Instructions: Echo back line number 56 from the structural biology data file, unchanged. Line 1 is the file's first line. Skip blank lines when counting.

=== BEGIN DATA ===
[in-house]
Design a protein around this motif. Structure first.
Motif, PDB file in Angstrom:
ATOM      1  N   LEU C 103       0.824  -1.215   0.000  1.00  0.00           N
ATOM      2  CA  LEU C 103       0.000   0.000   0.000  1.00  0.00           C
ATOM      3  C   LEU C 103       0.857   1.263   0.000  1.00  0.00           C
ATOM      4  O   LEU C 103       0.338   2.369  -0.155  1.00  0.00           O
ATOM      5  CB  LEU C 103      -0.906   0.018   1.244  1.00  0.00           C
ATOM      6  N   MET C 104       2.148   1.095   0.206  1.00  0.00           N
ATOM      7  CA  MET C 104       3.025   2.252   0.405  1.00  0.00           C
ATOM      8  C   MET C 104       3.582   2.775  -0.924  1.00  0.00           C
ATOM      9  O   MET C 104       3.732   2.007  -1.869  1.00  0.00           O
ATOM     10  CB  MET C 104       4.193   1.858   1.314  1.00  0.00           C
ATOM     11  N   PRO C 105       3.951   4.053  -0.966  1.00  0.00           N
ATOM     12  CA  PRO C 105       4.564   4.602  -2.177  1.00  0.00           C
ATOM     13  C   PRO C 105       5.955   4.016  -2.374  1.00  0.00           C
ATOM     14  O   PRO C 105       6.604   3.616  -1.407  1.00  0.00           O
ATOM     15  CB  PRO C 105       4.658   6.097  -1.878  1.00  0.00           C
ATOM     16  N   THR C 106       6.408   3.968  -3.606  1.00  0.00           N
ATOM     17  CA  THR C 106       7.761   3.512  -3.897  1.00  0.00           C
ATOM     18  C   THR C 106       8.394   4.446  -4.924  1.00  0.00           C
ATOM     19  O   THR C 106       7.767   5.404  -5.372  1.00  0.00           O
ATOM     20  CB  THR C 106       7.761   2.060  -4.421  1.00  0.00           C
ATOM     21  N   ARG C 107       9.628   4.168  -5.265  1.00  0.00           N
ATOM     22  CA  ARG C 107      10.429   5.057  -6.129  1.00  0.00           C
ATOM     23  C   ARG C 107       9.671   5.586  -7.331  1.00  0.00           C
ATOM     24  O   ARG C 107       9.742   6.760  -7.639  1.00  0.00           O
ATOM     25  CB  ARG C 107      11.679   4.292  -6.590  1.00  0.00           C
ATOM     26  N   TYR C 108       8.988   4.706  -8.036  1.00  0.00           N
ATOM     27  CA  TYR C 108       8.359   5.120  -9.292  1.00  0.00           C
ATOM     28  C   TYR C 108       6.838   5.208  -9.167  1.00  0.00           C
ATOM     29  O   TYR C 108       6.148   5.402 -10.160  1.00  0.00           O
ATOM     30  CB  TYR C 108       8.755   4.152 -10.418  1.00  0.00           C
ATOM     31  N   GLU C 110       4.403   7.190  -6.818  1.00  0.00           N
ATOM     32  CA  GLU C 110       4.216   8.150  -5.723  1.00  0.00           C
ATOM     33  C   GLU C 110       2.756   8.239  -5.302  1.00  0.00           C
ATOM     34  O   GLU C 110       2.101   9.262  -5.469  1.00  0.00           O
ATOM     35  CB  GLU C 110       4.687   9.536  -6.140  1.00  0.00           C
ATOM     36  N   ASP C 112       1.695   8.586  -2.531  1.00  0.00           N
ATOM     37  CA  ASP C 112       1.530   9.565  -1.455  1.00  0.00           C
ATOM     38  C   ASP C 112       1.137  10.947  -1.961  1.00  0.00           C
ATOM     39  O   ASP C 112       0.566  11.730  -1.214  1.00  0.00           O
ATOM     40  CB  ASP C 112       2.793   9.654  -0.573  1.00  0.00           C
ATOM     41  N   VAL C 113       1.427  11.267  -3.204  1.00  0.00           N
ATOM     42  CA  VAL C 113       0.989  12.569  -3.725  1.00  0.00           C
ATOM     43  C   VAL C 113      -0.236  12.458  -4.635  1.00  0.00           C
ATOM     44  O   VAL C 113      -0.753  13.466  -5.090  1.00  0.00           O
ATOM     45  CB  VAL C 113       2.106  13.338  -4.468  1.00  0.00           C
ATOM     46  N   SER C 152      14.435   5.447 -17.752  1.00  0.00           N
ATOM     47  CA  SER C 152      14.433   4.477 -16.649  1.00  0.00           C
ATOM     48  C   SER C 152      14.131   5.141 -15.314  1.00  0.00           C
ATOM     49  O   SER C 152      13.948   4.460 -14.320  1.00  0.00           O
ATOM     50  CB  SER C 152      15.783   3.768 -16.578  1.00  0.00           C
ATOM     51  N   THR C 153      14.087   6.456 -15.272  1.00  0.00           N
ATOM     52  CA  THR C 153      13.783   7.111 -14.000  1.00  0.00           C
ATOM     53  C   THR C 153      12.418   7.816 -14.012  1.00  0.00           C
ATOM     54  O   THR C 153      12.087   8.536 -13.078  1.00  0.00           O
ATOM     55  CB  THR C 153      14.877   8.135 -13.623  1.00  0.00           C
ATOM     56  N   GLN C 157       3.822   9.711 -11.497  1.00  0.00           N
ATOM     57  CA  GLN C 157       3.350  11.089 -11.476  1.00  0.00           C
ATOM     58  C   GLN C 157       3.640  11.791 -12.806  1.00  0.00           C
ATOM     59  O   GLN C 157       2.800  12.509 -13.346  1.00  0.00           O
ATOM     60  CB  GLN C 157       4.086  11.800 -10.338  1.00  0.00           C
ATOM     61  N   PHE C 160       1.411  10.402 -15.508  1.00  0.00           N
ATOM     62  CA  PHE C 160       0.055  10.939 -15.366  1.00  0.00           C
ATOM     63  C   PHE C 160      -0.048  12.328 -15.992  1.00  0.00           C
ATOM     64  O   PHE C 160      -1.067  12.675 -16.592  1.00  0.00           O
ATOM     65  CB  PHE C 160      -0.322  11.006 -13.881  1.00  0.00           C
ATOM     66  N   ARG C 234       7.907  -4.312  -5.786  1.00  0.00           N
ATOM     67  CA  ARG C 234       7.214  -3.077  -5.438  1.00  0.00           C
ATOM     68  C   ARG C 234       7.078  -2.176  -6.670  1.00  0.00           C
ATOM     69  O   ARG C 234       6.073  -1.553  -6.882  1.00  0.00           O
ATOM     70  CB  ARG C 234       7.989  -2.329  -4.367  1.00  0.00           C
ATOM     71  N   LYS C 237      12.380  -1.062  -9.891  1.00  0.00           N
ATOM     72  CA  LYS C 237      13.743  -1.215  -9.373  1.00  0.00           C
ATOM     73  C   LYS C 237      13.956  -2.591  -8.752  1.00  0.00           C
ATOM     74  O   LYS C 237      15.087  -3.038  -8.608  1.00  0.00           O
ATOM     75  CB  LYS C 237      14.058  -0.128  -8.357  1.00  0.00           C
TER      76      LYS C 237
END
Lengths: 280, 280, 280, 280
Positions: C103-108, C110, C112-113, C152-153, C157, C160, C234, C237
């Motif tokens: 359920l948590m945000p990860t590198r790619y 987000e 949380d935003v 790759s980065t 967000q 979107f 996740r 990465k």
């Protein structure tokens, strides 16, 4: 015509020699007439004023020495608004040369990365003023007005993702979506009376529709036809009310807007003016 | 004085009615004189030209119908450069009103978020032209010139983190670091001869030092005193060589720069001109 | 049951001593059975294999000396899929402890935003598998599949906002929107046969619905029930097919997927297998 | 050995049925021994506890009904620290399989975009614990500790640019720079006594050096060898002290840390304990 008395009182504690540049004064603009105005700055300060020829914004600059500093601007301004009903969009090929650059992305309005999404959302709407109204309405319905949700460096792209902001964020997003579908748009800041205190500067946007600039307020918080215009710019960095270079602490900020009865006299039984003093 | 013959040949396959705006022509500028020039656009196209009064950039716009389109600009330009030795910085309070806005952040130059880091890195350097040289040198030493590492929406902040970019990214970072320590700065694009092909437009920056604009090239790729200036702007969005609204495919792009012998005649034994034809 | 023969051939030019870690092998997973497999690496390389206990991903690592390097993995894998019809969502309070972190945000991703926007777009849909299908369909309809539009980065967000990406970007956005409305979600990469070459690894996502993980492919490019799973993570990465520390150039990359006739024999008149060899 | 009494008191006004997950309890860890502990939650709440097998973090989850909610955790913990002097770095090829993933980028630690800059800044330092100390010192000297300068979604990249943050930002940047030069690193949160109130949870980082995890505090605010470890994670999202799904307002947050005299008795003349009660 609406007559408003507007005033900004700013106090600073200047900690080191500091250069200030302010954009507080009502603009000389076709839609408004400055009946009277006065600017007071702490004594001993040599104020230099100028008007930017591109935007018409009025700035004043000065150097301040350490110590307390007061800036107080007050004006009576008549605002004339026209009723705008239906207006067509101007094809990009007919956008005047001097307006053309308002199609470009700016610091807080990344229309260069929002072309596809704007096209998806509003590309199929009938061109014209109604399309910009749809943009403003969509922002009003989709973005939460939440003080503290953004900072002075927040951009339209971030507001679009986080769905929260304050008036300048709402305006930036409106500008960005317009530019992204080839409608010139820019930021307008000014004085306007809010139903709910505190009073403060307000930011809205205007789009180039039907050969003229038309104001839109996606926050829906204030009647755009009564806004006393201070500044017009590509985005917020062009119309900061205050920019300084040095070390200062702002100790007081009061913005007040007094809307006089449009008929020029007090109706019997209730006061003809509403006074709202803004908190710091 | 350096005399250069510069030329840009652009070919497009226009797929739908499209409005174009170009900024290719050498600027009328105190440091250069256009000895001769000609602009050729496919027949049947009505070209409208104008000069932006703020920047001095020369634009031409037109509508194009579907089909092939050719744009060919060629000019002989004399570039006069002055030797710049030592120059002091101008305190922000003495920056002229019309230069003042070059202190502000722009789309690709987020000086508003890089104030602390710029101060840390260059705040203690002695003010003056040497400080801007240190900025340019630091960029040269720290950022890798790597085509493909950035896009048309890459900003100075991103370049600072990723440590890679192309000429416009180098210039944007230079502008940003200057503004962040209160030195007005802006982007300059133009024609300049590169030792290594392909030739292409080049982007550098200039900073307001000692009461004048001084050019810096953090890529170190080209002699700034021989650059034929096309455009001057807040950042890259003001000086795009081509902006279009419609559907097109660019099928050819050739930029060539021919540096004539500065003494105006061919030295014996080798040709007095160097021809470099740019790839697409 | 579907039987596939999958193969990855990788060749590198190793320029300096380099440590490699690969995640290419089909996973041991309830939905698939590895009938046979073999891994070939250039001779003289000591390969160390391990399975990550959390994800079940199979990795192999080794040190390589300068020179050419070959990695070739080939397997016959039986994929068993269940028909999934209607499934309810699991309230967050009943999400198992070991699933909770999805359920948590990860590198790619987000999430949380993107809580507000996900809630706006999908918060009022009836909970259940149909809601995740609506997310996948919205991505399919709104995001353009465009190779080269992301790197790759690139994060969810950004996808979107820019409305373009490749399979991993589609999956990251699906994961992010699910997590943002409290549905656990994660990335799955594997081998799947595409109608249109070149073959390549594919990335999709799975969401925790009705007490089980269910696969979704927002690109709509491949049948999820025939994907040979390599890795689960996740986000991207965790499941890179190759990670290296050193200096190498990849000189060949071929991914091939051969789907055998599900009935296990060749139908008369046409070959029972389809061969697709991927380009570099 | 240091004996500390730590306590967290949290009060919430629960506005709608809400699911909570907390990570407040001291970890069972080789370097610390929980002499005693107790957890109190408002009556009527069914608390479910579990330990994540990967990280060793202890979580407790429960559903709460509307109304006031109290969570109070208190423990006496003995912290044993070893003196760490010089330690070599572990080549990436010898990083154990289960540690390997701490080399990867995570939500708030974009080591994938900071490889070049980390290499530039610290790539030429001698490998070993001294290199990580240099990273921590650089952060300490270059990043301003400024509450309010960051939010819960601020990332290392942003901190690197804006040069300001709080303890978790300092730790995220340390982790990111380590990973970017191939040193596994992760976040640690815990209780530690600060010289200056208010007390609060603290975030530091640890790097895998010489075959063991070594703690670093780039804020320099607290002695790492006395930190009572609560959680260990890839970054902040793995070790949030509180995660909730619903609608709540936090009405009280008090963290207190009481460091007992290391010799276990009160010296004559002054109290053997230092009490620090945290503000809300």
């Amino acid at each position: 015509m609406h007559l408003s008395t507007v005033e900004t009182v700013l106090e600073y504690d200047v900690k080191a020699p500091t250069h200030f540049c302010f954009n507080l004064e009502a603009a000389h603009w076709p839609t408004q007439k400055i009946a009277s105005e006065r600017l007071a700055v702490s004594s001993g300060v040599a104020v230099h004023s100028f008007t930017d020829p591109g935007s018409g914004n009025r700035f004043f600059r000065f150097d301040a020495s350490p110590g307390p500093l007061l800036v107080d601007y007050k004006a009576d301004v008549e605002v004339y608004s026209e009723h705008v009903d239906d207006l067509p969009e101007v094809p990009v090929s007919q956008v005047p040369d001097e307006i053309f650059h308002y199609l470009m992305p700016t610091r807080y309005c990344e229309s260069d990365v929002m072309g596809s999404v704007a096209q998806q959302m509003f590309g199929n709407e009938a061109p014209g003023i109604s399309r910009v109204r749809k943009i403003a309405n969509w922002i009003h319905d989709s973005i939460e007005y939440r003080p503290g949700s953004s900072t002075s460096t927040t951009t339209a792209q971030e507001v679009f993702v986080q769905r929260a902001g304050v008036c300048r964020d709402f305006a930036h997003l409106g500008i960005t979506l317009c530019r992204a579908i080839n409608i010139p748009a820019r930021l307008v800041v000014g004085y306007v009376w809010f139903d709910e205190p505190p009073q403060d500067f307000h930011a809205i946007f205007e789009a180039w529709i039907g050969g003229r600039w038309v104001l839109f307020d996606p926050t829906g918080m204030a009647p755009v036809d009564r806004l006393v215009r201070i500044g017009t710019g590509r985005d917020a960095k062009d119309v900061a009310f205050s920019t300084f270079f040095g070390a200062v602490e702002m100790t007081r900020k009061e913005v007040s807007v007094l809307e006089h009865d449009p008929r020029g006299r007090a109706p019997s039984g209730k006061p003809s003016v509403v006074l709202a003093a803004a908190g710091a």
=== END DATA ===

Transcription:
ATOM     53  C   THR C 153      12.418   7.816 -14.012  1.00  0.00           C